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Re: HP drawn by the power steering pump.

 evangelo@mecf.wustl.edu comments,

>Well that's right if pressure is constant from the begining to the end of
>the cycle. I think that the case would be that pressure starts at 0 and builds
>up to 2200, assuming that the relation pressure-distance is linear,
>the formula would be 1/2 x 2200 x .196 x .2 ie. the result would be
>half (3.6 ft-lbs).

The hydraulic fluid is just about in-compressable. Your linear
pressure-distance theory works with compressable fluids ( air,
steam, burnt hydrocarbons ..)

And to reply to a comment from  Arun Rao

>So your calculations would be correct if the actuating pistons were	>de-pressurizing the system (accumulator?) at the same rate as the
>pump was pressurizing it, or if there was a leak in the system.  I
>suspect that it would take a lot of steering wheel turning/brake
>operation to keep the pump operating at full capacity continuously.

There are two independant pumps in one mechanical package. One 
provides fluid to the steering, and the other to the brakes.

First let be describe the brake circuit.

Two pistons draw fluid from the central chamber, ( which is 
connected to the feed line from the reservior ). the output from 
the pistons feeds the hose connected to the brake accumulator.
Once the bladder/air chamber inside the accumulator is fully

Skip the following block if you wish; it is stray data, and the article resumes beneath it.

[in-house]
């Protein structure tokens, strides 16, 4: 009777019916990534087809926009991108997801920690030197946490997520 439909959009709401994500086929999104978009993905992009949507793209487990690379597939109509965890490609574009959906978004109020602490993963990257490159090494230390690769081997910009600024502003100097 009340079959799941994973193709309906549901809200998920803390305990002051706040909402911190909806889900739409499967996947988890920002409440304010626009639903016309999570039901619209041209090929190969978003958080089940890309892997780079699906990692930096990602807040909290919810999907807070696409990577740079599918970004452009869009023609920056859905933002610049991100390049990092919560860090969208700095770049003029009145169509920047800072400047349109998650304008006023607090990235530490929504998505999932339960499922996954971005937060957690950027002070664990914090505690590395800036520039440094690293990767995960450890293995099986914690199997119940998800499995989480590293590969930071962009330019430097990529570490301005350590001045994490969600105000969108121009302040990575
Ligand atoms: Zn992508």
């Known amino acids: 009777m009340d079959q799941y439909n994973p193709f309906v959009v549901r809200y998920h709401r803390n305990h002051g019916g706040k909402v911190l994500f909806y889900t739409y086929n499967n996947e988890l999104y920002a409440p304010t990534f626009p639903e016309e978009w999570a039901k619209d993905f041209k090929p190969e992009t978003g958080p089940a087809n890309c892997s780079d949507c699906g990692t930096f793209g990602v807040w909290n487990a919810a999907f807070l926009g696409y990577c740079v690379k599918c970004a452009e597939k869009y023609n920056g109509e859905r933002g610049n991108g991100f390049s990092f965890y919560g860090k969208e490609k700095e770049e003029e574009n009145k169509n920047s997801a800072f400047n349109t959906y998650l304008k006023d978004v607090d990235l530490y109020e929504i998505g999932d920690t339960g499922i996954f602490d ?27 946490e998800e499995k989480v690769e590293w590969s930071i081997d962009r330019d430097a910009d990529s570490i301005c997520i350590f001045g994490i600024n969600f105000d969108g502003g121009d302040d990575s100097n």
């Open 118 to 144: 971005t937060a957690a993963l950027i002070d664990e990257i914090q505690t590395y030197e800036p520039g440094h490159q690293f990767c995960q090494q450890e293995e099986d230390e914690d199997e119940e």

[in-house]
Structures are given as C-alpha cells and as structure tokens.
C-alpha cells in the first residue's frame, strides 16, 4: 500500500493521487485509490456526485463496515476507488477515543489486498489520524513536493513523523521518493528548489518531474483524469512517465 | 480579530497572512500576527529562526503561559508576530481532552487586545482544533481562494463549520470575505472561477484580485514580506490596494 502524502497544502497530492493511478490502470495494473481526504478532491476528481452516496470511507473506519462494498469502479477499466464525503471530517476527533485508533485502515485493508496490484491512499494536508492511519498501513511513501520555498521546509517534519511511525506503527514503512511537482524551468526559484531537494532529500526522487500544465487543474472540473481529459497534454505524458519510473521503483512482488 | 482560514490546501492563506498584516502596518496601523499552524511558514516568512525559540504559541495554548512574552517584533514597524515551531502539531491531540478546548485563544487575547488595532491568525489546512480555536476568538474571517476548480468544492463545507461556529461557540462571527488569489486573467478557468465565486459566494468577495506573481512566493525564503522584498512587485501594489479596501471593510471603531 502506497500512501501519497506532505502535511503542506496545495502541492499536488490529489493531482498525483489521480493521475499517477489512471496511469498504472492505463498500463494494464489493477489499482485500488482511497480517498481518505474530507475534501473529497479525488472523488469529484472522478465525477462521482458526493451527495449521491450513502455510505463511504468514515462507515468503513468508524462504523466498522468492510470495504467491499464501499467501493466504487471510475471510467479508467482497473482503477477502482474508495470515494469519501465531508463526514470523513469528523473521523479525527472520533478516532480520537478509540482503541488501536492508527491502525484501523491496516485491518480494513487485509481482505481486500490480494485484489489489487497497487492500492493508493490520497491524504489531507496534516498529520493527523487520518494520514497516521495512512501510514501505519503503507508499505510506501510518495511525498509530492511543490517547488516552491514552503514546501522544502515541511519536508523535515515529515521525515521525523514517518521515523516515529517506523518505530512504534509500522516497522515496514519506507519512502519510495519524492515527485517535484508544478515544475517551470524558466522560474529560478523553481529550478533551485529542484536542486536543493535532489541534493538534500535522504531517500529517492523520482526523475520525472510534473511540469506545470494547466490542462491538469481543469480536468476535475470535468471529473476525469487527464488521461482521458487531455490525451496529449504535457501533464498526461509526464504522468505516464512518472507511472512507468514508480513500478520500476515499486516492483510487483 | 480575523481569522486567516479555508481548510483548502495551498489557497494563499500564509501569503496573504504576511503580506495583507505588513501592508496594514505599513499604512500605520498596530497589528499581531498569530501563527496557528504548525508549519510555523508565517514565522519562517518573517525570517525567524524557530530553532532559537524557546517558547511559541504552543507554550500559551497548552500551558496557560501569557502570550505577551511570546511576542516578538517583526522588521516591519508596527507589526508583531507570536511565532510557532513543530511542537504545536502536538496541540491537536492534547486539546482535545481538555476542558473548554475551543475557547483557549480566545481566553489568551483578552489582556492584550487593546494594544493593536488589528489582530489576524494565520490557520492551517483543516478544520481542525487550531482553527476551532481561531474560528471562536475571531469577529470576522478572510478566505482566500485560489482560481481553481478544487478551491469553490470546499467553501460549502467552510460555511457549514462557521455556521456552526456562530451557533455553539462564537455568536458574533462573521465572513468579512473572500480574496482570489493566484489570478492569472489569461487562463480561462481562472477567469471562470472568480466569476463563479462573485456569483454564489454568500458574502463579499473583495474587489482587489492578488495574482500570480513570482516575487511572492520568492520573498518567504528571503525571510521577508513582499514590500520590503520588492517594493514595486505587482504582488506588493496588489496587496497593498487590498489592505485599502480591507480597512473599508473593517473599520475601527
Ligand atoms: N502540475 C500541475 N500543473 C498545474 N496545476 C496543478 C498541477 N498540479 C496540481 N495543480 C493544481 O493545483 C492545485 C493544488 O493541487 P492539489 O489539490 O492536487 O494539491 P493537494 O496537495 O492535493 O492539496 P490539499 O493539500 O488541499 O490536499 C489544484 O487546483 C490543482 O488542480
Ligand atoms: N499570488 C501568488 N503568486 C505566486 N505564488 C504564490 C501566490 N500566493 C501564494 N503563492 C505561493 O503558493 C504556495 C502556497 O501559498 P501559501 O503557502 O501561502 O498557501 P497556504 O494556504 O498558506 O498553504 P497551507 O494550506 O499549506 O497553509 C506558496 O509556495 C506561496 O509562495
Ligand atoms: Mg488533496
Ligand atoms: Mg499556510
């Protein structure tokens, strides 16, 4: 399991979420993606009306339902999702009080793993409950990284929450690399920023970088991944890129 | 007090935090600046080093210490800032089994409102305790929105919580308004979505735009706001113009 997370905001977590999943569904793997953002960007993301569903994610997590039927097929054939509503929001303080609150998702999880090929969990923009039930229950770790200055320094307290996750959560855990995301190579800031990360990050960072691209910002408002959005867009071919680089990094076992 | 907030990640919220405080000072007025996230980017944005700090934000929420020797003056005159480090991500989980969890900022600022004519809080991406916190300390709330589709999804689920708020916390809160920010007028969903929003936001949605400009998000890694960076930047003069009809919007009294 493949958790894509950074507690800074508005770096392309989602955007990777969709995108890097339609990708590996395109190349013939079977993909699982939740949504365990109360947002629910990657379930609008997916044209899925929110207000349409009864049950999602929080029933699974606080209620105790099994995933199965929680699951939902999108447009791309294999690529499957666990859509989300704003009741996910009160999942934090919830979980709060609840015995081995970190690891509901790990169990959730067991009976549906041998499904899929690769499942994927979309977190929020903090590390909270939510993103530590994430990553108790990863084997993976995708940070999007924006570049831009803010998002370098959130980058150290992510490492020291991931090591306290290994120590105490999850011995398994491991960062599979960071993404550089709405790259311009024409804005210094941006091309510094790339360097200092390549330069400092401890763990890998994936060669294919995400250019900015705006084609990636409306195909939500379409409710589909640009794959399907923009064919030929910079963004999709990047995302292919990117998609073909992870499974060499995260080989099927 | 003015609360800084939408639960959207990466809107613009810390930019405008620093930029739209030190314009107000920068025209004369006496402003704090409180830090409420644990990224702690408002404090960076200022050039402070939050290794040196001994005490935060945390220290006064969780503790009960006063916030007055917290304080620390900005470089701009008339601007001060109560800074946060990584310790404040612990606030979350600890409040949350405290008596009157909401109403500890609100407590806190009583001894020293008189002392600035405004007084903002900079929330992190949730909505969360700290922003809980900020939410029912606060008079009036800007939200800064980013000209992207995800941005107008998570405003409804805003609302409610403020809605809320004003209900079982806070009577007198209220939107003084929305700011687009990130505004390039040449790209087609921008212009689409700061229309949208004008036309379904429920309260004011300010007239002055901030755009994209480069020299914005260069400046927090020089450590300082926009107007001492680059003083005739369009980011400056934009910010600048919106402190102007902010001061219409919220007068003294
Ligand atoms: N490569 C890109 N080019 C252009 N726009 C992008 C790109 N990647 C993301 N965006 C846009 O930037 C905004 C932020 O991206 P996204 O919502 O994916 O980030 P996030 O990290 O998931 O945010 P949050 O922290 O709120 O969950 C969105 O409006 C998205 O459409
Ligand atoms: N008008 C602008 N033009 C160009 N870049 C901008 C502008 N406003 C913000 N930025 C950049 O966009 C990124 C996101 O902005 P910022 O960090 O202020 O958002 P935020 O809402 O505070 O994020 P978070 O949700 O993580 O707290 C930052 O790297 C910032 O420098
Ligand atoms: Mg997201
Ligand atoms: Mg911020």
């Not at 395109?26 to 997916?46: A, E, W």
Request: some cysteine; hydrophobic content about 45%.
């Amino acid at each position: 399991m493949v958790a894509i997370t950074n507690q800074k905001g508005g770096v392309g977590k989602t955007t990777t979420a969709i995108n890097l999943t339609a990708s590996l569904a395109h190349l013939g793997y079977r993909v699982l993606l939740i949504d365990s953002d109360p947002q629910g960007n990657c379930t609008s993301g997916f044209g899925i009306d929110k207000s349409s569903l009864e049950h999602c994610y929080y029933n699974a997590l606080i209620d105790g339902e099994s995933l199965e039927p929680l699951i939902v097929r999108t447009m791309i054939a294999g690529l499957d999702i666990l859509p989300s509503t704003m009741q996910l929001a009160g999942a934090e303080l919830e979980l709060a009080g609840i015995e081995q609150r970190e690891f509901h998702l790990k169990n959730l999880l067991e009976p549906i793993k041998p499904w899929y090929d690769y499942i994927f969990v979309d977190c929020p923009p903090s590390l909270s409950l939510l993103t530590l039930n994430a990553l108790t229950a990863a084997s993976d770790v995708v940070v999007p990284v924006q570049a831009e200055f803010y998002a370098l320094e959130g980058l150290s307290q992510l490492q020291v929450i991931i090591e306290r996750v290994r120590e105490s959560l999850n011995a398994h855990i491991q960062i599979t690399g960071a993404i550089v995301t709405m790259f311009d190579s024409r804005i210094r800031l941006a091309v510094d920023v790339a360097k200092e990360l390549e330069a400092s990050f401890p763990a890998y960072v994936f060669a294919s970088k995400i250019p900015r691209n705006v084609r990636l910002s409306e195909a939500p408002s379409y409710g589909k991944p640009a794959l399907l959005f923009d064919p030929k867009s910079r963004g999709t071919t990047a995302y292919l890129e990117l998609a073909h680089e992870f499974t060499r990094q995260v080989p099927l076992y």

pressurized, excess fluid flows through an excess pressure
relief valve ( inside the accumulator ) back to the main reservoir.

Therefore my feeling is that for THIS CIRCUIT, the pump is 
continuously supplying high pressure fluid, the flow rate
depending on the RPM at which the pump is running.

Let me throw in another reason why I know that there must be a 
continuous flow. If your damper pipe ( built into the hose that
goes from the pump to the accumulator,) ever gets clogged, you will
have a  almost unstoppable leak at the banjo connector at the pump.

Next, onto the steering circuit. The pistons pump through one way 
valves into a cavity behind the pump. ( Well the rear of the pump
is a large high pressure reservoir.) The high pressure cavity has
a relief valve that opens at 2200 psi, and allows fluid back
to the central chamber ( the main low pressure fluid container
that both pump circuits draw from. ). Since the oil is
non-compressable, each stroke of the pump must force oil into
the high pressure chamber, from where it returns ( at 2200 psi )
to the low pressure chamber.

The continuous flow of high pressure fluid through a high
pressure restrictor valve must ( in my opinion ) consume power, 
and generate heat.

Sorry for droning on and on, I'm just trying to explain my 
reasoning in words.

Alan Cordeiro